Our cob house will have bedrooms, a living room, a dining room, an apothecary, and a music room, but the kitchen will be separate and completely outdoors, connected by a porch/overhang. This will not be a ragtag kitchen. Instead, it will be designed with rustic elegance and equipped to handle the winter weather. I’ll share more on that as we finish up our final designs.
We’re redesigning the infrastructure. My plans had to be scrapped when Dom wanted to build a cob home. He wants to play in the mud and sculpt our house. Who am I to deny him such a winsome desire? Building a cob house will require a huge amount of earth for not only the walls but also the plasterwork. I created a plan (it took a long time to design) for our potager garden which is a 60’x60′ patch of earth located right next to the market garden. It was the area the horses were in when we first moved here.
Well, my need for having a pond and Dom’s need to play with mud caused me to change my mind about the location of the potager. We’ll be digging out that area to make cob and the hole it creates will make our pond/living swimming pool.
A living swimming pool is a deep pond with a buffer zone where aquaculture is cultivated. No chemicals are used and the buffer zone filled with plants cleans the water. I’ve seen them done complex as well as simple. We’re going for simple.
I want this pond to be passive with only a solar aerator to keep the water moving. I have seen them done very similar to a pool, where a bog is created and water is pumped from the bottom of the pond to the bog where it flows down back into the pond, but it would drive me up a wall to hear the pump going night and day. It would also create an unpleasant electrical field that I would start avoiding since electrical fields cause hives and heart palpitations in me. I want a system that can clean the water passively while creating habitat and a new microclimate for the area.
Plus, it doesn’t hurt that it would be located about 60+ feet from our house. A pond in front of the house? Yes, please! One that Simmi and our family and friends can swim in? Hell yeah.
We haven’t decided on the shape of the pond yet. We just know we want to start digging it in the next year.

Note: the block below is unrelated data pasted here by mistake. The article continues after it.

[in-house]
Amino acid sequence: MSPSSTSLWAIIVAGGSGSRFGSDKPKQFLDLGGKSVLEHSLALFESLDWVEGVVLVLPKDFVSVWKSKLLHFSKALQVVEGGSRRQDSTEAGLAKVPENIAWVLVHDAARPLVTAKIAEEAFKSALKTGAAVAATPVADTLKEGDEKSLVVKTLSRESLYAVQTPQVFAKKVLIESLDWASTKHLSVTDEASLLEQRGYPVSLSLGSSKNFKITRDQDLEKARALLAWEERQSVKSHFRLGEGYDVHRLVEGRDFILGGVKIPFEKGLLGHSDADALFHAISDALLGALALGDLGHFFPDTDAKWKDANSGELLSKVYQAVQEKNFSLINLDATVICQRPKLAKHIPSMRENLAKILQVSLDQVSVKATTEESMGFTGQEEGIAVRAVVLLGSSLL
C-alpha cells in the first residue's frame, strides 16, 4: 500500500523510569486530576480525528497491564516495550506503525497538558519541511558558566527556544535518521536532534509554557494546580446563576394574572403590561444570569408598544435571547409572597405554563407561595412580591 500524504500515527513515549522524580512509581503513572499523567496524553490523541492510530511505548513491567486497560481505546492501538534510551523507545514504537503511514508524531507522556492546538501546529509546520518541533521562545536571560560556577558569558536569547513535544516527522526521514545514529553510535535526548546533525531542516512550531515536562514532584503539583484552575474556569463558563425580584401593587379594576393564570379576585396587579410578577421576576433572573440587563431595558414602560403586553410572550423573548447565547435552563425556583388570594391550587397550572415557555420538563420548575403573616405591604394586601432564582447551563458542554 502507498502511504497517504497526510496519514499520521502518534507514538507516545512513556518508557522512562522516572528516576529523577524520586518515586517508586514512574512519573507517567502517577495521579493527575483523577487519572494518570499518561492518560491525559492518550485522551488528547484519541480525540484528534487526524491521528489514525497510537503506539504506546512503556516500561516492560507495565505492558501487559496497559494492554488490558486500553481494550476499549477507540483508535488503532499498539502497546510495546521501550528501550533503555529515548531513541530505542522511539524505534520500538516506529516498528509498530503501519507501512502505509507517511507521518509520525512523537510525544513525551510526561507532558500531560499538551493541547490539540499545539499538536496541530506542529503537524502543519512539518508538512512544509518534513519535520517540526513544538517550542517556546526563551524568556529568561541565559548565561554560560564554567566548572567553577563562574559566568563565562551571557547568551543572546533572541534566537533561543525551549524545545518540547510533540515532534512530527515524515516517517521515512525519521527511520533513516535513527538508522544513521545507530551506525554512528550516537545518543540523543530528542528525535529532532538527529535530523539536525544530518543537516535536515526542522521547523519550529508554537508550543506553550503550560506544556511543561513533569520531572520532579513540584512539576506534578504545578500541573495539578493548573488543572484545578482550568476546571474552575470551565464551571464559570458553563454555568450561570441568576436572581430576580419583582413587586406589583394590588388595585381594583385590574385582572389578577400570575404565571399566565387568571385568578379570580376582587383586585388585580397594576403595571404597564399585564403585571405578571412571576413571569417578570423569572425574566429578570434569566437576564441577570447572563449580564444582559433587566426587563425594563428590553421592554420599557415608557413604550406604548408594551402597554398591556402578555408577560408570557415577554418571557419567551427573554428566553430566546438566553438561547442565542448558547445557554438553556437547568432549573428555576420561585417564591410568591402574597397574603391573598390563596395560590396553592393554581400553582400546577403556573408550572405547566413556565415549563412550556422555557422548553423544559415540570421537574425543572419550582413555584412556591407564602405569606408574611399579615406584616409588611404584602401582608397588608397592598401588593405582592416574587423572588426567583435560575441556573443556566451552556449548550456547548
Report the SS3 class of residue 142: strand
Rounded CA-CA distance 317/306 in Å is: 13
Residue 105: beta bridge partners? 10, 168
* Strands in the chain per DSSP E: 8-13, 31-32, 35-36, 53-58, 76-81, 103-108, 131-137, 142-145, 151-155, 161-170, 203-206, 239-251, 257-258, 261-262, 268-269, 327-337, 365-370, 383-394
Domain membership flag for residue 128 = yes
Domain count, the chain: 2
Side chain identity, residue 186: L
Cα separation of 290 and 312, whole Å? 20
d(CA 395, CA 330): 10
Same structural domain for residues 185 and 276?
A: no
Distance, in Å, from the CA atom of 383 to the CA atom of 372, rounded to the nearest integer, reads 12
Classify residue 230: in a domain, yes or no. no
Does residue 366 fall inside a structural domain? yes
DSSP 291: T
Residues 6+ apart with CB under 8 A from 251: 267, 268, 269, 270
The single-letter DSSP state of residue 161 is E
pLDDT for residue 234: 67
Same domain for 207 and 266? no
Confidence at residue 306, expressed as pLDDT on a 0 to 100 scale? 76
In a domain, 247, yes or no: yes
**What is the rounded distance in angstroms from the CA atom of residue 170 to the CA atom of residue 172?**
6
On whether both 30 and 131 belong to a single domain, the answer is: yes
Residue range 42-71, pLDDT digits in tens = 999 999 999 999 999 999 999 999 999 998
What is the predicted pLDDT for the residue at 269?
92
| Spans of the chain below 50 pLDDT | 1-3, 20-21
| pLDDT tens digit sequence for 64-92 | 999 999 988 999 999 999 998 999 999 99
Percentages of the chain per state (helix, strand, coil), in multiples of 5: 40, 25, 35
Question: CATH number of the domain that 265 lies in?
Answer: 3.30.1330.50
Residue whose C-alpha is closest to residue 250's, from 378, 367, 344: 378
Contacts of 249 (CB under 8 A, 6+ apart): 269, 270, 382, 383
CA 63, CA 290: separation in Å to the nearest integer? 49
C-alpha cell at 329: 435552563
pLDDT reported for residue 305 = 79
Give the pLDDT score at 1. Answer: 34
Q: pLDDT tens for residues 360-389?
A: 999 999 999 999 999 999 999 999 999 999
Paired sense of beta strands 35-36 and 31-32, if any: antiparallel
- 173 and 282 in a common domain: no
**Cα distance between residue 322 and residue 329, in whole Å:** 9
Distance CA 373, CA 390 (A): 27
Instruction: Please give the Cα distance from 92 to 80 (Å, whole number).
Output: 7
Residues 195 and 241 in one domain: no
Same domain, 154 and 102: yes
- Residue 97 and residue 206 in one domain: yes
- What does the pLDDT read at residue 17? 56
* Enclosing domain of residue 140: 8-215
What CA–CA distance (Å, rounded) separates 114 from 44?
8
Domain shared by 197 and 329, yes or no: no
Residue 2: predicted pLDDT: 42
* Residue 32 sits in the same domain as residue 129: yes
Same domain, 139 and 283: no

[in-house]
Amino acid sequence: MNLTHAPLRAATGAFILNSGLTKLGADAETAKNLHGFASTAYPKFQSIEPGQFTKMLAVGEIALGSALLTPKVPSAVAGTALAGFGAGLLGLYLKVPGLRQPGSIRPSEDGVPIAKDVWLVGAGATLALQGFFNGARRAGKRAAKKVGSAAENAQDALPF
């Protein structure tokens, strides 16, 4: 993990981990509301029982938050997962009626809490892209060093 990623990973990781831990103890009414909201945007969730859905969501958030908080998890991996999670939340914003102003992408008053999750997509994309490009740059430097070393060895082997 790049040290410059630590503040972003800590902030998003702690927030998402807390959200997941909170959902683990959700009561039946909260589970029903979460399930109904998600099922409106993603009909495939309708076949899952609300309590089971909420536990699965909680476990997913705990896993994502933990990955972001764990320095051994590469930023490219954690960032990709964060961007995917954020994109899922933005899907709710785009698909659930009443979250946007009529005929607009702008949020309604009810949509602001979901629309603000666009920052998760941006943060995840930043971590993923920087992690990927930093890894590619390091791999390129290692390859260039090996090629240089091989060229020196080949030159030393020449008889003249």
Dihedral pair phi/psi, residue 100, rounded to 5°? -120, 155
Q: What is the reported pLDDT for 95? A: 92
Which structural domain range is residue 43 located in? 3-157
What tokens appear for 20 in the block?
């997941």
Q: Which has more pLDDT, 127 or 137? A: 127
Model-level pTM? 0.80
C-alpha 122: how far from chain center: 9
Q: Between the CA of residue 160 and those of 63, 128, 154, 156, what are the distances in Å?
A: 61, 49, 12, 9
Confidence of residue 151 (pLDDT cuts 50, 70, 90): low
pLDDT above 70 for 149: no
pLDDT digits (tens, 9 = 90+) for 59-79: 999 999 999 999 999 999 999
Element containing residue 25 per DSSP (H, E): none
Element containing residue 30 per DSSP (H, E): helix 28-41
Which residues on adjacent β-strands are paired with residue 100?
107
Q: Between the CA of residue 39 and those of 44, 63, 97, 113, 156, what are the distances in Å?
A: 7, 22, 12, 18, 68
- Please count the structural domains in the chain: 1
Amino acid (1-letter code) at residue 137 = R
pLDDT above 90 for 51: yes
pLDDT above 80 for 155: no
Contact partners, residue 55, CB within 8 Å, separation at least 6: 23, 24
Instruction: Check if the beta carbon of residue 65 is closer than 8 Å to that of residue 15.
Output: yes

By the way, none of these things will be done quickly. But they will be done! My timeline doesn’t work according to everyone else’s beliefs of when a project should start and finish. We have a lot going on in our lives, and I won’t allow myself or Dom to rush through things just to check them off of some list. We want these things and we are willing to wait in order to do them properly and without killing ourselves in the process.
There are so many things that need to happen before we can even start digging a pond. The pond is a part of the new farm infrastructure.
We have the materials we need to start building our duck yards. We’ll be building fencing, a mini pond with its own bog, and a few duck houses. There will be two areas of the duck yard. On one side, there will be housing, food, and water. On the other side, their pond will be finished. The pond is an old water trough from cows that used to graze on the land a long time ago. It’s hooked up to the well. The two areas are separated because anyone who has ducks knows, these little cute quirky birds love to party all night and spend lots of time mating.
They will be trained to stay in the area where there is food, water, and housing at night, and at mid-morning be allowed access to their pond area. Ducks aren’t like chickens where they go into a coop and lay eggs. No, they walk along and boop! one falls out. From my experience, they also lay at night or very early morning. If they are given access to a large piece of land every morning would become an easter egg hunt. Some ducks will try to hide their eggs, and keeping ducks in a smaller area makes it easier to find them.
Galeno is standing in the water trough in the photo on the right. Half of the trough will be made into a bog, the rest of it will be water. It’ll be lined with a rubber membrane and then rocks will be added. We’ll also have a spigot attached so that we can take the duck poop water and use it on plants that aren’t root vegetables. Plants love duck poop water and it won’t burn them.